This was the apostolic message in its most basic form. It was composed of six themes, which are found repeatedly in Peter’s sermons in the first chapters of Acts:
- The age of fulfillment prophesied in the Hebrew Scriptures has come to pass. The kingdom of God is imminent, indeed, is here.
- The ministry, death and resurrection of Jesus has made all this possible, and is proved from the Scriptures.
- As a result of his exaltation, Christ is at God’s right hand, as the messianic head of a spiritual Israel.
- The sign of Christ’s power and guidance is the presence of the Holy Spirit in that new congregation or church of Israel.
- The consummation of the messianic age is imminent, and will be brought about by Christ’s return.
- The proper response to this information is repentance and baptism. God forgives sins, gives the Holy Spirit, and makes salvation possible.
Peter’s speeches in Acts were styled and shaped by Luke, who was writing in accordance with the standards of historical writing in his day. But Luke did not invent the speeches out of his own imagination — they reflect the basic elements of the gospel message that Peter and the other apostles and evangelists carried far and wide. What we have in Acts 2 is only a brief synopsis of what must have been said by Peter during this occasion. Even Luke tells us that Peter warned the crowd “with many other words,” words Luke has not given us (2:40).
The prophecy of Joel (2:16-18)
As we look carefully at Peter’s speech, we are surprised at what it says. The first thing we notice is that Luke has used the Septuagint version of the Hebrew Scriptures or Old Testament in quoting Joel 2:28-32. The Septuagint was a Greek translation that Jewish scholars created in the 3rd century b.c. for the many Jews who could not understand Hebrew. This version (from the Latin, septuaginta, which means 70) is commonly referred to by the Roman numerals for 70, LXX. The number derives from a story that 70 or 72 Jewish scholars did all the work.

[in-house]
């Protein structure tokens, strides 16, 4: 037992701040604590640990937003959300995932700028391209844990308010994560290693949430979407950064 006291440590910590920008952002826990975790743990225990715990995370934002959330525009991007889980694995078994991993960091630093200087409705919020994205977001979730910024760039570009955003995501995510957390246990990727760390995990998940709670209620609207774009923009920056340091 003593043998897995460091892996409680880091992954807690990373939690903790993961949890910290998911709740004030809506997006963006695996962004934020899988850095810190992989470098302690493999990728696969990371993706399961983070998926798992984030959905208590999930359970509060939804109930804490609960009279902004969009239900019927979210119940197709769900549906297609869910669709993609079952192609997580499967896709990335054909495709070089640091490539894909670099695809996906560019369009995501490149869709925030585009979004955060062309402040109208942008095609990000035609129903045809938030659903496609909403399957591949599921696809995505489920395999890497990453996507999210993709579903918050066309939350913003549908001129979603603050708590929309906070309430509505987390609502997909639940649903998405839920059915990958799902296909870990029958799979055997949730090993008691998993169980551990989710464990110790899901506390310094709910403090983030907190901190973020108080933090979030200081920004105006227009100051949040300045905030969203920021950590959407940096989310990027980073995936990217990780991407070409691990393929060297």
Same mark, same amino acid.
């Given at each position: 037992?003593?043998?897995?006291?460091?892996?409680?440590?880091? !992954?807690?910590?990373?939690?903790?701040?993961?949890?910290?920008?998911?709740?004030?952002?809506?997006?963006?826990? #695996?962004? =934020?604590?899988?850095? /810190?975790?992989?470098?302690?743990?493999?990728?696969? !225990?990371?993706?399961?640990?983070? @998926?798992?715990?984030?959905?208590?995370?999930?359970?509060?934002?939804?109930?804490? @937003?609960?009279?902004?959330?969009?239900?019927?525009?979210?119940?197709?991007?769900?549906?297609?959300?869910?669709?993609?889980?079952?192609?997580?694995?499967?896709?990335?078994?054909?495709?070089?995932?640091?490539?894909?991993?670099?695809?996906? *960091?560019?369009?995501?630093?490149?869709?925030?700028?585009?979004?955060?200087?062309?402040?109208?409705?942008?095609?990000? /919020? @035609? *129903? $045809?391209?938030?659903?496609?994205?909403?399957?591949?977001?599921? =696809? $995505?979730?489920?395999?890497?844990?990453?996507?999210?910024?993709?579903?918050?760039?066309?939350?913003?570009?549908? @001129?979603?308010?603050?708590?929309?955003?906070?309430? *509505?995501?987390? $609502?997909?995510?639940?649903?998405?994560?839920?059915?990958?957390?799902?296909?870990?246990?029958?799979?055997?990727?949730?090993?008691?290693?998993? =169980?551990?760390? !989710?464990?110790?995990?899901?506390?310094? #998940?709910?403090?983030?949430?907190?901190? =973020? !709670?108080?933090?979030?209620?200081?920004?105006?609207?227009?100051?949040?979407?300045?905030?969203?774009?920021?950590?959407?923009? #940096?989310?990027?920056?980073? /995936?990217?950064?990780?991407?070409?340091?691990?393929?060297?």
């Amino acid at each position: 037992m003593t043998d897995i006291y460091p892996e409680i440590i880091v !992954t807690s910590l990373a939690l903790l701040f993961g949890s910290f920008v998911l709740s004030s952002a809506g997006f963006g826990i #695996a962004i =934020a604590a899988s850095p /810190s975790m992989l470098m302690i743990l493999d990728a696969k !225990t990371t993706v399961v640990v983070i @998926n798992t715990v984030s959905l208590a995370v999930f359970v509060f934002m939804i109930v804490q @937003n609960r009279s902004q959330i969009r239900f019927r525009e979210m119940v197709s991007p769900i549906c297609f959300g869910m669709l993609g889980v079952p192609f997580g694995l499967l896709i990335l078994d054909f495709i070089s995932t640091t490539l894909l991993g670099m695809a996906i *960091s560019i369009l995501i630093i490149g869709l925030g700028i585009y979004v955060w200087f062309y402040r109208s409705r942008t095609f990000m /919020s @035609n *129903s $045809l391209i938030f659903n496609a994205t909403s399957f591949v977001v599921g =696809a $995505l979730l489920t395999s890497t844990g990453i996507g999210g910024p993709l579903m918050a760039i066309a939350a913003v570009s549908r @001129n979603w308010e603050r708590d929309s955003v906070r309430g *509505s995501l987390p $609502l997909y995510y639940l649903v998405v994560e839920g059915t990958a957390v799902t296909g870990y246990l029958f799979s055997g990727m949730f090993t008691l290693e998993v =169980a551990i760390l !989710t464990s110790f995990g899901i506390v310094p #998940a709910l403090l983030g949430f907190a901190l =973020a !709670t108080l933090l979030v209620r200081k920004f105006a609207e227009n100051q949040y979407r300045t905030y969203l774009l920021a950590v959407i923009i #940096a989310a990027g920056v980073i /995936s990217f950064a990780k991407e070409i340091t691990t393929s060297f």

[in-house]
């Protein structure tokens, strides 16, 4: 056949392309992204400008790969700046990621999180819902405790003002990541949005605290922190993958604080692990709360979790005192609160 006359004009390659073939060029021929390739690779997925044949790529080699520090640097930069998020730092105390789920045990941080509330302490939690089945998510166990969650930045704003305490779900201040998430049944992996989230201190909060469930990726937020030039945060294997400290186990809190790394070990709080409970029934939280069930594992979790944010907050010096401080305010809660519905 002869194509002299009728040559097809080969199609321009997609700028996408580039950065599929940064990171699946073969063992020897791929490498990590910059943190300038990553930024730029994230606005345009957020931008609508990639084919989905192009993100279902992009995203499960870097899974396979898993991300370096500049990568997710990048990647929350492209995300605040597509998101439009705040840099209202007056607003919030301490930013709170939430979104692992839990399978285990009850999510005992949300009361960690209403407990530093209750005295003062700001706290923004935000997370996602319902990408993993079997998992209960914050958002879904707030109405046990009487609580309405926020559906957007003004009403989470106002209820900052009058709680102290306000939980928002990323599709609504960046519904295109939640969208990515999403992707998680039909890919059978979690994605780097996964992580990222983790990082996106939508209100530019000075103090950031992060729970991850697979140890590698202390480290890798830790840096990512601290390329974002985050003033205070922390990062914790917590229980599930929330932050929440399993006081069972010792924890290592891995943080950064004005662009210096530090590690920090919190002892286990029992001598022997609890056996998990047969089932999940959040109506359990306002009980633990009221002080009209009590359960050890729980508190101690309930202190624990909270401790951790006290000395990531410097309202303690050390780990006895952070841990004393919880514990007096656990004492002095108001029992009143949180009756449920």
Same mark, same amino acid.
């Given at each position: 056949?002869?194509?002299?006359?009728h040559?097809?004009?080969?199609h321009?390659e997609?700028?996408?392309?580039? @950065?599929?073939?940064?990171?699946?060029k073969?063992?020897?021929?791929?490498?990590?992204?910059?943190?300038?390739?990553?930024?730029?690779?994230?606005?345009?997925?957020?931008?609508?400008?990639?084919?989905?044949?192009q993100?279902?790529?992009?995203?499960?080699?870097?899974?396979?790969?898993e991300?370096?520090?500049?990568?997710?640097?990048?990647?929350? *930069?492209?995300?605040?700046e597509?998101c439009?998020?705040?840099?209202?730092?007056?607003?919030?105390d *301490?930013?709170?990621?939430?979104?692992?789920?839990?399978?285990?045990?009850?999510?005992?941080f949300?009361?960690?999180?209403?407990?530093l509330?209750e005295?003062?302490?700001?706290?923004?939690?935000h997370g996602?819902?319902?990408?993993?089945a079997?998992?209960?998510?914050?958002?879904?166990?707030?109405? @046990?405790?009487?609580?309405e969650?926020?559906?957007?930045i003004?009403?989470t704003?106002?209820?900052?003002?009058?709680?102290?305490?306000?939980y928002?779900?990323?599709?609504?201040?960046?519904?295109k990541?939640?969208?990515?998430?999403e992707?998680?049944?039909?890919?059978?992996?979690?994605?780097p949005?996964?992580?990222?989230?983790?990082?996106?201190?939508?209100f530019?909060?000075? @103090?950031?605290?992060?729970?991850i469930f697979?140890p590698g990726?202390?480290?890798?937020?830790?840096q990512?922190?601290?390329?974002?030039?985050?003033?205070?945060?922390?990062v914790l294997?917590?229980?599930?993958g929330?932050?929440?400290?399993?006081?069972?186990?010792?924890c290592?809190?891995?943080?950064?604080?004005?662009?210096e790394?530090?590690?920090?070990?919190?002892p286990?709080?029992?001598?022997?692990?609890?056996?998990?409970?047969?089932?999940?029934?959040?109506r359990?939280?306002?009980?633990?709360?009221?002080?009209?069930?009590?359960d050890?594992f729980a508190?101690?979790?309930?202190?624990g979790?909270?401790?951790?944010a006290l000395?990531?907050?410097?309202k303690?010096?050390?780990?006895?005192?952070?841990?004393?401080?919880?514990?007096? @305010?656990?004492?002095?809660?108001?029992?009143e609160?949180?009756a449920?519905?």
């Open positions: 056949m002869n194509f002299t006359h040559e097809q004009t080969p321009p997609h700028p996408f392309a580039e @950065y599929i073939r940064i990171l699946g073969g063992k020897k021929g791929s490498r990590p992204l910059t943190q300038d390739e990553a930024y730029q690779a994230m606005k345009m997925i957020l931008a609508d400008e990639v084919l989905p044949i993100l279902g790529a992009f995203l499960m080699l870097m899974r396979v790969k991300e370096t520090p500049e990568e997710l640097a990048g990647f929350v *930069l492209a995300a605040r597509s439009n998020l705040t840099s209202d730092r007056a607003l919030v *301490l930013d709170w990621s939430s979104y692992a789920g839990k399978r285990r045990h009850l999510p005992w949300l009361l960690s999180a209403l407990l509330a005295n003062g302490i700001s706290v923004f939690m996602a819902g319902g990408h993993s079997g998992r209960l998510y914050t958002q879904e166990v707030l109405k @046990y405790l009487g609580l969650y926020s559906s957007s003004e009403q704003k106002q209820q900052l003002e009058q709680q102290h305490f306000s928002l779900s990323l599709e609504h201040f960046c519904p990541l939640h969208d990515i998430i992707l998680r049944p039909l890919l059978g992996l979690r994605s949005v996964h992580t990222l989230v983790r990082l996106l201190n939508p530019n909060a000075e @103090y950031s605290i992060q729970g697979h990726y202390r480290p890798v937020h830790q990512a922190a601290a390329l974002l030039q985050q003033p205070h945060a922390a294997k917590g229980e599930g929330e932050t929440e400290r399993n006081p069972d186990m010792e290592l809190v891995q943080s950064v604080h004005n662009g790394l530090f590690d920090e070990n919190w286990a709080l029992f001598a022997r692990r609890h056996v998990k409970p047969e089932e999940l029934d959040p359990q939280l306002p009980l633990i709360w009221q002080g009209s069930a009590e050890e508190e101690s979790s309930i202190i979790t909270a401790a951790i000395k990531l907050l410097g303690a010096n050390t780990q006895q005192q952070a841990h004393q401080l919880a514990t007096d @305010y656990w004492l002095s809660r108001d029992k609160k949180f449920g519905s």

The Septuagint is important for several reasons. Rather than any Hebrew version, it was the Bible of the early church.
It was not secondary to any other scripture; it was Scripture. When a New Testament writer allegedly urged his audience to consider that all scripture given by divine “inspiration” is also profitable for doctrine, it was to the LXX not the Hebrew that attention was being called. [Melvin K.H. Peters, “Septuagint,” The Anchor Bible Dictionary, volume 5 (ed. David Noel Freedman; New York: Doubleday, 1992; now published by Yale University Press), 1102.]